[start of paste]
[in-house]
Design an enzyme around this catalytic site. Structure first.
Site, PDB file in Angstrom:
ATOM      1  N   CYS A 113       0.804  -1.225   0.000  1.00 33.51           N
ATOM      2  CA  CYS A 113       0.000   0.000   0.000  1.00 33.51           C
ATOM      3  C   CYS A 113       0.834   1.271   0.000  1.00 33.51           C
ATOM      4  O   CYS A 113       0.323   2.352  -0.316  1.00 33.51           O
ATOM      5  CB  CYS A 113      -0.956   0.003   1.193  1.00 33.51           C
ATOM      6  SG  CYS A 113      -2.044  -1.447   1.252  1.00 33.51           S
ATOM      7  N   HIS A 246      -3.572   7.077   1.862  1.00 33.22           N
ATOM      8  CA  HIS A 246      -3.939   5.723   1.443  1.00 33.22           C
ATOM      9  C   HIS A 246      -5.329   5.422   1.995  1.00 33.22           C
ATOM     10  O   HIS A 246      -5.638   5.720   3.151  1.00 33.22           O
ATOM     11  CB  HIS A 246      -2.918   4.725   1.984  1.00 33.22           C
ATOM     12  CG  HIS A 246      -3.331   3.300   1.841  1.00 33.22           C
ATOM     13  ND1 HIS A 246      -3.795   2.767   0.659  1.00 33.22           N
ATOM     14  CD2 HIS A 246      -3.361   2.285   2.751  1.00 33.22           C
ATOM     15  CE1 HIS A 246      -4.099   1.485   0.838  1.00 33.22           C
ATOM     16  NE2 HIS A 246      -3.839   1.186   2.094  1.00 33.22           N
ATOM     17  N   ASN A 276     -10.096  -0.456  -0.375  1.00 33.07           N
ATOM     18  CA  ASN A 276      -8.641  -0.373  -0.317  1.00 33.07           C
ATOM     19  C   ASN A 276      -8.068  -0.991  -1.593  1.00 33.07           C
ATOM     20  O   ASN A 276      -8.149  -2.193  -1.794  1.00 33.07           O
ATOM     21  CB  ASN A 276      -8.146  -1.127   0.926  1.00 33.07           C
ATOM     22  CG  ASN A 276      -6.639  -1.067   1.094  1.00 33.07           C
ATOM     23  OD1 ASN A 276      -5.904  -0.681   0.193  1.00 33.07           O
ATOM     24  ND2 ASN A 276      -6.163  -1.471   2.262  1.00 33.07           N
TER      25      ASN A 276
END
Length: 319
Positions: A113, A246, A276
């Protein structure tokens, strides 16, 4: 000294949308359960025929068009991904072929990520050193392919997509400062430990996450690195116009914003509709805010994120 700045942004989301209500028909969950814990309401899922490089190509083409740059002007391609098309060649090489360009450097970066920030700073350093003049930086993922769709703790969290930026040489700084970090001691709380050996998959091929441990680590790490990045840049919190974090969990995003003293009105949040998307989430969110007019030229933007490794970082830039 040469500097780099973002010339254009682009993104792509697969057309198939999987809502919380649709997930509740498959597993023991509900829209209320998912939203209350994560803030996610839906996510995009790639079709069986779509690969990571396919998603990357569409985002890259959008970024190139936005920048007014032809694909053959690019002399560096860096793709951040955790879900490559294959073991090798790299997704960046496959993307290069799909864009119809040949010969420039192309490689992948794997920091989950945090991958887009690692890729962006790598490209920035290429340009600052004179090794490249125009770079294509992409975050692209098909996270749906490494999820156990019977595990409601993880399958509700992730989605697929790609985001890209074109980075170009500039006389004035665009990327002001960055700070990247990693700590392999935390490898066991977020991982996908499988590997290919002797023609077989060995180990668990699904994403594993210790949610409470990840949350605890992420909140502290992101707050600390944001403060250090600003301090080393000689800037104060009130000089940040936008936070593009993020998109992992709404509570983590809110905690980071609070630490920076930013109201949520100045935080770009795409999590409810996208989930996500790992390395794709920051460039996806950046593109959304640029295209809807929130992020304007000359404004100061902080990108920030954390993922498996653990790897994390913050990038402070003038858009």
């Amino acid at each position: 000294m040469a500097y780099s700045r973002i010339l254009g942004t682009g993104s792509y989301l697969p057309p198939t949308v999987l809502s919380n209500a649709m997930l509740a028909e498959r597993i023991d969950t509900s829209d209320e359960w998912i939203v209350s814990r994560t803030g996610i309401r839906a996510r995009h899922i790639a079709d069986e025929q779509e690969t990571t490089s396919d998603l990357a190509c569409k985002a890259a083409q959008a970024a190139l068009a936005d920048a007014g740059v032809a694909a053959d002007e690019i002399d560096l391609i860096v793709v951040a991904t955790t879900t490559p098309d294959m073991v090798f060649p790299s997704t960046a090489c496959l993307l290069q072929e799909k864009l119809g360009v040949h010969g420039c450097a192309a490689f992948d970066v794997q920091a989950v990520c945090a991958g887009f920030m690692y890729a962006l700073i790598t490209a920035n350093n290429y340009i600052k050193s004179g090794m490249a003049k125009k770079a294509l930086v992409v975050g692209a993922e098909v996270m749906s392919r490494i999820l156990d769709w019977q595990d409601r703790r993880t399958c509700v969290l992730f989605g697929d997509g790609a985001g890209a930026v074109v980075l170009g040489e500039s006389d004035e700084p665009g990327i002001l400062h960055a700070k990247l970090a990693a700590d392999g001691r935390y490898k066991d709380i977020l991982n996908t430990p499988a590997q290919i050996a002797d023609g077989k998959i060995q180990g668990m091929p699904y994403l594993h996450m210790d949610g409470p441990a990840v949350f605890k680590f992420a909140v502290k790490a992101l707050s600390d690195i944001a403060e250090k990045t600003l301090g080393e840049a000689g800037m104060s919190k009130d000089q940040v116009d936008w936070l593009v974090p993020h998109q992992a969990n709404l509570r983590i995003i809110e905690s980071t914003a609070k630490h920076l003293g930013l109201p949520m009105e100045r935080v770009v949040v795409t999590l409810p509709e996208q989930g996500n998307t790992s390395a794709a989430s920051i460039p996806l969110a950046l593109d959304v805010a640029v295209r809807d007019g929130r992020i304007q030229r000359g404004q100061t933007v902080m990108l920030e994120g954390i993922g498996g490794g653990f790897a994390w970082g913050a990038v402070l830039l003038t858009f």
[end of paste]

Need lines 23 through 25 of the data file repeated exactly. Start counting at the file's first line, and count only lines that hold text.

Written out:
ATOM     20  O   ASN A 276      -8.149  -2.193  -1.794  1.00 33.07           O
ATOM     21  CB  ASN A 276      -8.146  -1.127   0.926  1.00 33.07           C
ATOM     22  CG  ASN A 276      -6.639  -1.067   1.094  1.00 33.07           C